Established in 1972 by Fr. Brian McCormick and a group of action-oriented neighborhood people in the Wilbur section of Trenton, Better Community Housing of Trenton was designed to provide home ownership for the poorest of the poor – those below the 50% median income definition of “poverty."
BCH Trenton History and Timeline
1970: A young priest named Brian McCormick was sent by the Diocese of Trenton to the Wilbur section, an area characterized by multi-generational poverty and racial unrest. The directive was “to challenge racism with Gospel values.” Father Brian joined Father William Daley at Martin House, named for St. Martin DePorres, the patron saint of interracial stability. The mission of Martin House was to empower the people of the inner city to reclaim their lives and their neighborhood through education and a stable home life.
1972: As a key part of the Martin House vision, Father Brian and a group of action-oriented neighborhood people started Better Community Housing of Trenton (BCH Trenton) to provide affordable housing for the very poor. Prospective homeowners had to put in 100 hours volunteering on housing rehab in order to “show interest and gain a skill… so that they can take care of their own home. Then they have to put in 100 hours of work on their own home.” To continue the spirit of giving and of community, once they move in, new homeowners would donate one day a month for the life of their 10-year mortgage.
Fr. Brian McCormick set up the BCH Trenton Model, bringing together people, parishes, and other organizations to donate money, materials, time, and expertise. Volunteer programs were organized with university students, suburban parishes and other organizations, to help future homeowners with building and renovations. Businessmen, skilled craftsmen, professional architects, lawyers, engineers, and contractors donated time, service, and materials. Grants and other funding were obtained. (See PROGRAM MODEL tab for details.)
1974: Rehabilitation of the first house was completed, and a family qualified by BCH Trenton took possession of the home.
1981: BCHT was thriving. Twenty-five abandoned, deteriorated houses had been rehabilitated. The News Tribune (Woodbridge, October 14) said of BCH Trenton, “it is perhaps the only successful program in New Jersey resurrecting an inner city neighborhood FOR ITS OWN RESIDENTS. And it is bringing a neighborhood back to life with an astonishingly little amount of money… and little public funding…”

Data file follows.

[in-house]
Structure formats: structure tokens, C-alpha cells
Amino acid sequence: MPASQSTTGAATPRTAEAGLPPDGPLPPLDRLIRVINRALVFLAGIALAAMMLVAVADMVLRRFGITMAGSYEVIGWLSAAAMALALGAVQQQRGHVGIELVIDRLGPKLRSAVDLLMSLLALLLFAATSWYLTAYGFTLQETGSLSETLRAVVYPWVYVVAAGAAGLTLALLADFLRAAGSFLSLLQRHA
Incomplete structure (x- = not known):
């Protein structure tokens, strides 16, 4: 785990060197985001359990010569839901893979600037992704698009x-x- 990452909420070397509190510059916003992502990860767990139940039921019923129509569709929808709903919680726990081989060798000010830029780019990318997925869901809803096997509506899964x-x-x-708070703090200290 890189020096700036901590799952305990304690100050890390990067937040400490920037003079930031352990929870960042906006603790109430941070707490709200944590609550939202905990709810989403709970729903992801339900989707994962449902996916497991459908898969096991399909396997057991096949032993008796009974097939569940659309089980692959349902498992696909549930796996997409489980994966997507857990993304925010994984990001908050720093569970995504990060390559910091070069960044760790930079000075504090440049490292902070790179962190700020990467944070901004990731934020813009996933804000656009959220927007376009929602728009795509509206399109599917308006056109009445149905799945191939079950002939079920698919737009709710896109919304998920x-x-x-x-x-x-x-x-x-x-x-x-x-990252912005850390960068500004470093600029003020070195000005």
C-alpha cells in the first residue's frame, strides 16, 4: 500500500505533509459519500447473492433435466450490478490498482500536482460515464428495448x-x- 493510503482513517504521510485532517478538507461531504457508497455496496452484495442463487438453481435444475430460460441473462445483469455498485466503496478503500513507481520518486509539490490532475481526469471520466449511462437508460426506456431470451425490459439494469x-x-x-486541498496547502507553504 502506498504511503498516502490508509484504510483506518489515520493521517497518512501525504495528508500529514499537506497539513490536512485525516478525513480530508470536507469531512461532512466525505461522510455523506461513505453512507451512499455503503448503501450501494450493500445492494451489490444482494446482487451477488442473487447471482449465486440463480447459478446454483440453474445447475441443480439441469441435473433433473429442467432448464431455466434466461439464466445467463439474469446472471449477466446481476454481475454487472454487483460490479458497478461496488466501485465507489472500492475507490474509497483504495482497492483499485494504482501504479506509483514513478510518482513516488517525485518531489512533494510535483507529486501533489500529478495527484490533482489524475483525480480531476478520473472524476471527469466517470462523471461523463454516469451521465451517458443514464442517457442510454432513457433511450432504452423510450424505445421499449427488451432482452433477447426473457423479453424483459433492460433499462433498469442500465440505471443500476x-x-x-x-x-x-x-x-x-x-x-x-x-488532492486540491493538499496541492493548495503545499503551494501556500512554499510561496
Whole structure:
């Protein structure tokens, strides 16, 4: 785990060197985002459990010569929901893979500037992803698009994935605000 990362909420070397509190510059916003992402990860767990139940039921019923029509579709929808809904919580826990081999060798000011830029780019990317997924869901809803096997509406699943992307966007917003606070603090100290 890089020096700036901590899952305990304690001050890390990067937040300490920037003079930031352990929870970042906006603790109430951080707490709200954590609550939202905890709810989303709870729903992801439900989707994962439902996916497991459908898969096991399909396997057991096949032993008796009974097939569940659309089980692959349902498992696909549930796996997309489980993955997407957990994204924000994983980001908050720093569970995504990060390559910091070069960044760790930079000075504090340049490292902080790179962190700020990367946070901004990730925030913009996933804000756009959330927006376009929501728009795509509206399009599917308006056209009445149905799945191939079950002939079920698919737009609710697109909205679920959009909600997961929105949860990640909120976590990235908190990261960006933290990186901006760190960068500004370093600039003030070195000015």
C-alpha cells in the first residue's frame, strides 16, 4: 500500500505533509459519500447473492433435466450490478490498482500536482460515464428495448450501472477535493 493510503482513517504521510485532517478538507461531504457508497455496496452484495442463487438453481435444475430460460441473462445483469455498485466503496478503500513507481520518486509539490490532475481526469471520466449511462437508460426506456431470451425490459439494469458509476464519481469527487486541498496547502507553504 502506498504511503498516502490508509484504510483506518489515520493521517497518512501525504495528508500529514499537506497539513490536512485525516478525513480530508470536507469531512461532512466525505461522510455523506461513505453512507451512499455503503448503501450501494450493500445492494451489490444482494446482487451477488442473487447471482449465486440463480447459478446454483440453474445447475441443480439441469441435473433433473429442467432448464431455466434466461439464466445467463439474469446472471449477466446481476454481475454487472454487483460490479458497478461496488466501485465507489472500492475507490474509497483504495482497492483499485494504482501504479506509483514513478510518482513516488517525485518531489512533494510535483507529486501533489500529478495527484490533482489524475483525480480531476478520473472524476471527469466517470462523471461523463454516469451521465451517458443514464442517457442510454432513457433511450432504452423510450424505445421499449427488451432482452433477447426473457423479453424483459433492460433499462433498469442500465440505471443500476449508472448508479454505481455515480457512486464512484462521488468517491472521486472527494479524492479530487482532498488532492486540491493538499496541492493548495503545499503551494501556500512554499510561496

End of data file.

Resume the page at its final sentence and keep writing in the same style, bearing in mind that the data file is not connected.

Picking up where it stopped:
"The houses we’re doing, under a federally funded program, would cost $80,000. But it costs us $16,000-$18,000 to do a house, which includes $6,000 just for materials. We do every single phase of the rehabilitation. Then we sell it for $11,000. That’s $500 down and $124.46 a month for 10 years at 7 ¼ % interest. The money goes back into the corporation.” Father Brian McCormick
1990: Four new prototype townhomes were completed on Locust Street, using the BCHT model.
1992: Five new townhomes were built on the 800 block of East State Street, and 4 apartments were rehabilitated in a brownstone at 568 East State Street.
1994: Six new Girard Avenue homes were presented as a prototype to the city - to do homes for $70,000 with $45,000 in grant funds and selling for $25,000. BCHT proposed building 15 per year. The plan was never picked up by the city.
1999: Ten new townhomes on Thompson Avenue were built by BCH Trenton for $60,000 and sold for $21,000.
2003: Ground was broken on Grant Avenue for the "100 Homes for 100 Families" campaign. A huge effort was underway to coordinate contributions of land, services, and monetary donations.
2006: Six new townhomes were completed on Grant Avenue as part of the 100 Homes campaign.
2007: 100 Homes for 100 Families reached a milestone, with all 100 being sponsored and construction continuing.
2011: After overcoming many obstacles, the ribbon cutting finally took place for the 20 new homes on the 900 block of East State Street, and the park across the street was well on the way to completion.
2012: A total of 167 homes had been built or rehabilitated, including 40 of the 100 Homes for 100 Families. Father Brian retires, and Martin House closes. BCHT becomes a separate 501(C)3 nonprofit with Fr. Brian as an advisor, and Martin House's education and recreation programs are transferred to the CYO of Mercer County.
2013: BCH Trenton continues to pursue its vision of inner city neighborhoods in Trenton that are safe and stable, where people can afford to live and where residents feel empowered to work together to bring about change and raise children with values, goals, and dignity.
2014: BCHT bi-monthly community meetings bring homeowners and area residents together to work on projects and events that make Trenton a better place to live. Houses are once again being rehabbed by volunteers and by current and prospective homeowners.
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